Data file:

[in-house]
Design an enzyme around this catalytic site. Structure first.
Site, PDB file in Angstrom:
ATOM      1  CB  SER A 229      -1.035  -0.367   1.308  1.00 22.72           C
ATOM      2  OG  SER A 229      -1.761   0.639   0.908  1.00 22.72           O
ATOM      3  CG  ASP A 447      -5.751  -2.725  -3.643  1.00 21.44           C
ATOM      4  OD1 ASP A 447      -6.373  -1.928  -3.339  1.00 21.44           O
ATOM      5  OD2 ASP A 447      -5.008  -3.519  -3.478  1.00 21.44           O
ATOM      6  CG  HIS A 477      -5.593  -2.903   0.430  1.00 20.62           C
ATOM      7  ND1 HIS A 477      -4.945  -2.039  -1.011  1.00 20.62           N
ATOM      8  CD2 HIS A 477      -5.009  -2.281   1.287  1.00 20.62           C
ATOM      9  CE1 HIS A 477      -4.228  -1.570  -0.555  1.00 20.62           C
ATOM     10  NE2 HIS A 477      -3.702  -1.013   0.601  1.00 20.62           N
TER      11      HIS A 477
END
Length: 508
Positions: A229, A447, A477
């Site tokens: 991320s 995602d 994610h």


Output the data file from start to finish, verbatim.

[in-house]
Design an enzyme around this catalytic site. Structure first.
Site, PDB file in Angstrom:
ATOM      1  CB  SER A 229      -1.035  -0.367   1.308  1.00 22.72           C
ATOM      2  OG  SER A 229      -1.761   0.639   0.908  1.00 22.72           O
ATOM      3  CG  ASP A 447      -5.751  -2.725  -3.643  1.00 21.44           C
ATOM      4  OD1 ASP A 447      -6.373  -1.928  -3.339  1.00 21.44           O
ATOM      5  OD2 ASP A 447      -5.008  -3.519  -3.478  1.00 21.44           O
ATOM      6  CG  HIS A 477      -5.593  -2.903   0.430  1.00 20.62           C
ATOM      7  ND1 HIS A 477      -4.945  -2.039  -1.011  1.00 20.62           N
ATOM      8  CD2 HIS A 477      -5.009  -2.281   1.287  1.00 20.62           C
ATOM      9  CE1 HIS A 477      -4.228  -1.570  -0.555  1.00 20.62           C
ATOM     10  NE2 HIS A 477      -3.702  -1.013   0.601  1.00 20.62           N
TER      11      HIS A 477
END
Length: 508
Positions: A229, A447, A477
């Site tokens: 991320s 995602d 994610h």